Phillies Take Game One, Giants Get Worked By Roy Halladay
Before I say anything, I’ll reiterate what was said in my series preview: I’m not worried about Tim Lincecum and today did nothing to change that. He’s not walking guys, he’s still getting swing-throughs, and today he was victimized by some God-awful defense behind him. So with that out of the way, let’s talk about the game.
Lincecum got the first hitter of the game out on two pitches. Then Placido Polanco hit a pop-up to right-center on the fourth pitch of the inning, that really should have been caught for the second out. Instead it fell between a bewildered Angel Pagan and Melky Cabrera, leading to a disastrous four-run first inning. After that, Timmy settled down for the most part while the Giants offense made it feel just like 2011 again.
Now let me go out of my way here to say that I think this year’s offense is better than last year’s. The unholy tandem of Chris Stewart/Eli Whiteside is no longer catching. Brandon Belt is kind of getting to play some more. Buster Posey is Buster Posey. Things aren’t terrible. But I’ll be damned if Emmanuel Burriss doesn’t look like the second coming of Brian Bocock. There was one particular at-bat of Burriss’s that comes to mind right away. Facing Roy Halladay with runners on, he saw four pitches. All four were breaking balls in the dirt, and all four were swung at. Needless to say, it wasn’t pretty.
But Burriss wasn’t the only problem with the offense tonight. So far this season, the Giants have been a team that hits surprisingly well…in the first three innings and then not at all after that. Not counting tonight, they’ve hit .282/.352/.427 in innings 1-3. In innings 4-6 they’ve hit .239/.293/.434 , and .200/.287/.356 for innings 7-9. What all these numbers indicate is that this is a team that’s making zero adjustments the second and third time through the order against a starting pitcher.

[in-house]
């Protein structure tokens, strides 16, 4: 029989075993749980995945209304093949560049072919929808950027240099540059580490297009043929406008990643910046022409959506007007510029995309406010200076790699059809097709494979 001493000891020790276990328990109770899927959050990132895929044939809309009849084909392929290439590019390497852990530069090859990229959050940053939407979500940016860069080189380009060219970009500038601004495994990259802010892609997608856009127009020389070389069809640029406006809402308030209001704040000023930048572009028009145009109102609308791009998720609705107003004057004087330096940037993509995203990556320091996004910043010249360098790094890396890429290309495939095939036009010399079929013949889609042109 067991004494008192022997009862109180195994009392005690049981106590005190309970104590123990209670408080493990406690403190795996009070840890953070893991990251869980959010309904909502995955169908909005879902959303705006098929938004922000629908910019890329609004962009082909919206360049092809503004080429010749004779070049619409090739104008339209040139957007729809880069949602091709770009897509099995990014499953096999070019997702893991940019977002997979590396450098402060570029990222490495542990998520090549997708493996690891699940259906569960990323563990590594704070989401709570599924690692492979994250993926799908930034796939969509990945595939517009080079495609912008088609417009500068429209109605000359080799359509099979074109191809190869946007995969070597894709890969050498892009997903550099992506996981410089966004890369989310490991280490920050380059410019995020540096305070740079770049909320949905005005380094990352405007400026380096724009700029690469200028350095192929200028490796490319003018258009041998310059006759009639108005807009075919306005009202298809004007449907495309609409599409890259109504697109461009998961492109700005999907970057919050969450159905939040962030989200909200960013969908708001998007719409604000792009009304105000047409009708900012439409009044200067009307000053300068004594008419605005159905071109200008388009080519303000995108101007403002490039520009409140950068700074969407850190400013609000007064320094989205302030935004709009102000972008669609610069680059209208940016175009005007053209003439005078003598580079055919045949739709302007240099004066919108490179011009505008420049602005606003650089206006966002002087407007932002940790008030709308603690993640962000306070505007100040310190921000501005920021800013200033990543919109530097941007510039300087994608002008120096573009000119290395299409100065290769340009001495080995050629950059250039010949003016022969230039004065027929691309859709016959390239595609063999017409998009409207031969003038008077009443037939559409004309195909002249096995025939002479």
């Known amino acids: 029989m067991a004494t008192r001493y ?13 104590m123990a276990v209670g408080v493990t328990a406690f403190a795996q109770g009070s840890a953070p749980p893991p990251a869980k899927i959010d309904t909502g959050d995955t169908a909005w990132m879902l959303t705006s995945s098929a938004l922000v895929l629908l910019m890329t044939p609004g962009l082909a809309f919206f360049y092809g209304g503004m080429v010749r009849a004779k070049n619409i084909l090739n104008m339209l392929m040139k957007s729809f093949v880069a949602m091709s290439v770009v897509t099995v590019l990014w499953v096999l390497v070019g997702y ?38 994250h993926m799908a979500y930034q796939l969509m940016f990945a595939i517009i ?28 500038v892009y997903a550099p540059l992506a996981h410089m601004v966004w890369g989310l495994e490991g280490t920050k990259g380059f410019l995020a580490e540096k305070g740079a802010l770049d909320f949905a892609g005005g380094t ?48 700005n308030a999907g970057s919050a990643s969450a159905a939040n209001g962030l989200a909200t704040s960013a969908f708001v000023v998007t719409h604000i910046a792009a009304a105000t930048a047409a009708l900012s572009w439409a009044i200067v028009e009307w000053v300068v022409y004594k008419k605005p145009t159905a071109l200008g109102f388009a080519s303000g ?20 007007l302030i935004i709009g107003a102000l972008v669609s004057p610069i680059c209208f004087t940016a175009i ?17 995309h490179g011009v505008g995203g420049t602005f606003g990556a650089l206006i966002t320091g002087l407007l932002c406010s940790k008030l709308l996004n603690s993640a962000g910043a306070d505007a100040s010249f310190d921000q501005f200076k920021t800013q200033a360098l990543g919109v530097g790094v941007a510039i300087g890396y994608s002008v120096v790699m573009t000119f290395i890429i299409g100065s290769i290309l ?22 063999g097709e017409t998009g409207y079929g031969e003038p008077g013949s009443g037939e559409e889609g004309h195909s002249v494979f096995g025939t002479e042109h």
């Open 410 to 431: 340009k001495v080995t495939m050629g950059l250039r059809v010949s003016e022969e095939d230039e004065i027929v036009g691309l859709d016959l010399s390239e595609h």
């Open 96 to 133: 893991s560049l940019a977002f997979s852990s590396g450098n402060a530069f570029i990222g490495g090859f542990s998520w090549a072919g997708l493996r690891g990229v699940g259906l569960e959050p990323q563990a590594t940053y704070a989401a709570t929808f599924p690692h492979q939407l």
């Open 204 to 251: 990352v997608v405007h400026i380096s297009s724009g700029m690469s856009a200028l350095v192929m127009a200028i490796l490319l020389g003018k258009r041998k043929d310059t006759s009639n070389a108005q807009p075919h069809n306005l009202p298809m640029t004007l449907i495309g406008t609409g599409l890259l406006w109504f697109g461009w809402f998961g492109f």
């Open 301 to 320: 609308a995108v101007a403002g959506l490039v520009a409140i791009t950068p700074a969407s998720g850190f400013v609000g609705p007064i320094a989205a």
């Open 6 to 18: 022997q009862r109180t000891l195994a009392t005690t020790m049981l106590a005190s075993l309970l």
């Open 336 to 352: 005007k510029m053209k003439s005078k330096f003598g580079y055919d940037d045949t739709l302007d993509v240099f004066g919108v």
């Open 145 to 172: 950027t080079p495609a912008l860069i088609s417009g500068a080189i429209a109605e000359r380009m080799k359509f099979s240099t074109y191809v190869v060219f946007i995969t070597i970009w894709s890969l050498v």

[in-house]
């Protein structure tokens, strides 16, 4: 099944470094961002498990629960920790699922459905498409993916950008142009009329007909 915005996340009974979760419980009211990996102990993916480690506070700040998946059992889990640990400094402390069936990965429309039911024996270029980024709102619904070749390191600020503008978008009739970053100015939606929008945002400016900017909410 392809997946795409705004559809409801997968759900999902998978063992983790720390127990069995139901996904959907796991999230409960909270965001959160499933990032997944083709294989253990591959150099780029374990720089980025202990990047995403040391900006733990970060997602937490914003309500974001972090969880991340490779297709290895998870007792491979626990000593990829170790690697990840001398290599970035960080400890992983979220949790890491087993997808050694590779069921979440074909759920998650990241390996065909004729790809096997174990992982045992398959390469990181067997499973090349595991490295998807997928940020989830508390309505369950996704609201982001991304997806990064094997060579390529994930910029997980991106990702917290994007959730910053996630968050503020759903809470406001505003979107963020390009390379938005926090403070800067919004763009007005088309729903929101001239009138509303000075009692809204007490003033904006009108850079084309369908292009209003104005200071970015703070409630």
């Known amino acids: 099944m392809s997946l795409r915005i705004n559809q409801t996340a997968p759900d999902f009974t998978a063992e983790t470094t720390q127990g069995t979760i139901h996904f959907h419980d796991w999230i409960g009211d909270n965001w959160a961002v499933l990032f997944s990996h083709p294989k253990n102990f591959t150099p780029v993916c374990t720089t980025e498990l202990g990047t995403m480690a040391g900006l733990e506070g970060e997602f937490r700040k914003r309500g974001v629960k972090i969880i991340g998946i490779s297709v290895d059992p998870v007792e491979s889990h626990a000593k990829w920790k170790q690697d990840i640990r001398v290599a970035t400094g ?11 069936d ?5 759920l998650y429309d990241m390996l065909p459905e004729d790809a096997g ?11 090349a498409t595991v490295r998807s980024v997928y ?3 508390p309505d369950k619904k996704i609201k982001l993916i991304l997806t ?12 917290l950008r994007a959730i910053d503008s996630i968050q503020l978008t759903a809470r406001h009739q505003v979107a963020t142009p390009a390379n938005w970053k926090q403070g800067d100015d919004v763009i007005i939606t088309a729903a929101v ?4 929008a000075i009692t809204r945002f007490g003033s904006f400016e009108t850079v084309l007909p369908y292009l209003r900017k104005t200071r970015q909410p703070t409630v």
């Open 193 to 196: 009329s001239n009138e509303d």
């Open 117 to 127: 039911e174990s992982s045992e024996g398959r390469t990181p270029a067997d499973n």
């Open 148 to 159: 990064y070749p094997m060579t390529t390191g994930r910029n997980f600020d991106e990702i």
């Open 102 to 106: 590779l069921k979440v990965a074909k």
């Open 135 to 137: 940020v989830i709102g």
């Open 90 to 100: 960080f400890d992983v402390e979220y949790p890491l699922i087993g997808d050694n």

Typically a pitcher will go over what worked and what didn’t after his first tour through a batting order. He’ll adjust accordingly, and hope for the best. Once he does this, a team with a hitting coach who knows what he’s doing will adjust as well. The Giants don’t seem to be that kind of team.
What we saw in the first few innings against Halladay was a measured approach against a really good pitcher. Then we got to the middle innings where Halladay noticed he could flop a curveball in for strike one to every hitter while no one did anything about it. Soon the strike zone got atrociously wide, and it became something of a bloodbath.
What transpired in the Giants’ next three turns at the plate was scary bad, as the they failed to get more than nine pitches out of Halladay in a single inning from the 6th to the 8th. Proper adjustments were not made, as hitter after hitter went up to the plate with no plan of attack. I mostly recall a whole lot of wide-eyed at first pitch curveballs, followed by wild swings at the next pitch no matter where it was. Halladay, being the artist on the mound that he is, barely had to break a sweat.
But that’s enough doom and gloom for one night. Buster Posey had his first three hit game since last April and Brandon Belt actually had a few good at-bats while playing stellar defense. We’ll see how that’s rewarded tomorrow, but I’m skeptical on a daily basis as to what the fate of the young first baseman will be.
Joe Blanton goes to the hill for the Phillies tomorrow. That means we get to see a pitcher who’s positively mortal in comparison to what we faced tonight. Also, Hunter Pence still looks like alien.